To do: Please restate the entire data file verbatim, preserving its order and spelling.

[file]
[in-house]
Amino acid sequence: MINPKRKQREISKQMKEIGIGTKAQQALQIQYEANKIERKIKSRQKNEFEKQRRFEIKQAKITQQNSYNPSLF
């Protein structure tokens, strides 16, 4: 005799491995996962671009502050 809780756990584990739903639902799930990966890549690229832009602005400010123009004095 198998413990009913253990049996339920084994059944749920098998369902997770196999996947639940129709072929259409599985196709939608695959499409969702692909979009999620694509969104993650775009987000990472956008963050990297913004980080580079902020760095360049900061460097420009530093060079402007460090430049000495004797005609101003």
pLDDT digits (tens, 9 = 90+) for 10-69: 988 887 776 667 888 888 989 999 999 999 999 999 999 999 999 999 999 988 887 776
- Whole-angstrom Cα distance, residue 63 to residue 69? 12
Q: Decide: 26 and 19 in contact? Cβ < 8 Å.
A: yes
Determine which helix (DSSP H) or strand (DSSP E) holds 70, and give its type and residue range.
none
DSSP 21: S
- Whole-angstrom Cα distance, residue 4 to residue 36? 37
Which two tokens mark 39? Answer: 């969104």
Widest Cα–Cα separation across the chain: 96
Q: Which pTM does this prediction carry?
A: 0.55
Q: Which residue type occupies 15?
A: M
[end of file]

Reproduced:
[in-house]
Amino acid sequence: MINPKRKQREISKQMKEIGIGTKAQQALQIQYEANKIERKIKSRQKNEFEKQRRFEIKQAKITQQNSYNPSLF
């Protein structure tokens, strides 16, 4: 005799491995996962671009502050 809780756990584990739903639902799930990966890549690229832009602005400010123009004095 198998413990009913253990049996339920084994059944749920098998369902997770196999996947639940129709072929259409599985196709939608695959499409969702692909979009999620694509969104993650775009987000990472956008963050990297913004980080580079902020760095360049900061460097420009530093060079402007460090430049000495004797005609101003």
pLDDT digits (tens, 9 = 90+) for 10-69: 988 887 776 667 888 888 989 999 999 999 999 999 999 999 999 999 999 988 887 776
- Whole-angstrom Cα distance, residue 63 to residue 69? 12
Q: Decide: 26 and 19 in contact? Cβ < 8 Å.
A: yes
Determine which helix (DSSP H) or strand (DSSP E) holds 70, and give its type and residue range.
none
DSSP 21: S
- Whole-angstrom Cα distance, residue 4 to residue 36? 37
Which two tokens mark 39? Answer: 């969104």
Widest Cα–Cα separation across the chain: 96
Q: Which pTM does this prediction carry?
A: 0.55
Q: Which residue type occupies 15?
A: M